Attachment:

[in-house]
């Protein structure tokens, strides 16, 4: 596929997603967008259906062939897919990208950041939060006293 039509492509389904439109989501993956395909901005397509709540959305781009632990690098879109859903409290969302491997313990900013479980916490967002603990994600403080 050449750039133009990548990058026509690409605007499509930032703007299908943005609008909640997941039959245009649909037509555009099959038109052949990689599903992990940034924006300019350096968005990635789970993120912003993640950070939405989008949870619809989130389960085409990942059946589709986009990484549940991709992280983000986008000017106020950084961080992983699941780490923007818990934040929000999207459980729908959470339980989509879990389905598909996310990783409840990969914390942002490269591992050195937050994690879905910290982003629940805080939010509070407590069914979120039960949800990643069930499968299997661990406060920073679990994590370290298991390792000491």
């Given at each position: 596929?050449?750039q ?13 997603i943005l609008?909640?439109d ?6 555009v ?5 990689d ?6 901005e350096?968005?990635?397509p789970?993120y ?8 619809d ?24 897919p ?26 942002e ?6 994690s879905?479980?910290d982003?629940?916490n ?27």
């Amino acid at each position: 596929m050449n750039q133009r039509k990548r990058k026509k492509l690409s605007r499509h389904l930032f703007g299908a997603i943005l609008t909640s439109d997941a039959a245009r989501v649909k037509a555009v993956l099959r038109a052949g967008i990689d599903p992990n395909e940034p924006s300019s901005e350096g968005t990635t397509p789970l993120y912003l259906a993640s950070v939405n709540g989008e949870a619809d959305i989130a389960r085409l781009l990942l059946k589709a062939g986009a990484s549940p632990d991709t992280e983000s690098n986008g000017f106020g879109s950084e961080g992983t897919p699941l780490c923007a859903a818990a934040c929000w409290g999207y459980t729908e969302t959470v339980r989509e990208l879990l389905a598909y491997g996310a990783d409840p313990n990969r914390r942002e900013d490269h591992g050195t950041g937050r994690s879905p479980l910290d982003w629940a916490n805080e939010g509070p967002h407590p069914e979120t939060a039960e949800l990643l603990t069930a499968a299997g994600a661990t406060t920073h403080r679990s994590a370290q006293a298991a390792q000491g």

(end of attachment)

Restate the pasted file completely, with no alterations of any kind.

[in-house]
């Protein structure tokens, strides 16, 4: 596929997603967008259906062939897919990208950041939060006293 039509492509389904439109989501993956395909901005397509709540959305781009632990690098879109859903409290969302491997313990900013479980916490967002603990994600403080 050449750039133009990548990058026509690409605007499509930032703007299908943005609008909640997941039959245009649909037509555009099959038109052949990689599903992990940034924006300019350096968005990635789970993120912003993640950070939405989008949870619809989130389960085409990942059946589709986009990484549940991709992280983000986008000017106020950084961080992983699941780490923007818990934040929000999207459980729908959470339980989509879990389905598909996310990783409840990969914390942002490269591992050195937050994690879905910290982003629940805080939010509070407590069914979120039960949800990643069930499968299997661990406060920073679990994590370290298991390792000491």
């Given at each position: 596929?050449?750039q ?13 997603i943005l609008?909640?439109d ?6 555009v ?5 990689d ?6 901005e350096?968005?990635?397509p789970?993120y ?8 619809d ?24 897919p ?26 942002e ?6 994690s879905?479980?910290d982003?629940?916490n ?27």
């Amino acid at each position: 596929m050449n750039q133009r039509k990548r990058k026509k492509l690409s605007r499509h389904l930032f703007g299908a997603i943005l609008t909640s439109d997941a039959a245009r989501v649909k037509a555009v993956l099959r038109a052949g967008i990689d599903p992990n395909e940034p924006s300019s901005e350096g968005t990635t397509p789970l993120y912003l259906a993640s950070v939405n709540g989008e949870a619809d959305i989130a389960r085409l781009l990942l059946k589709a062939g986009a990484s549940p632990d991709t992280e983000s690098n986008g000017f106020g879109s950084e961080g992983t897919p699941l780490c923007a859903a818990a934040c929000w409290g999207y459980t729908e969302t959470v339980r989509e990208l879990l389905a598909y491997g996310a990783d409840p313990n990969r914390r942002e900013d490269h591992g050195t950041g937050r994690s879905p479980l910290d982003w629940a916490n805080e939010g509070p967002h407590p069914e979120t939060a039960e949800l990643l603990t069930a499968a299997g994600a661990t406060t920073h403080r679990s994590a370290q006293a298991a390792q000491g």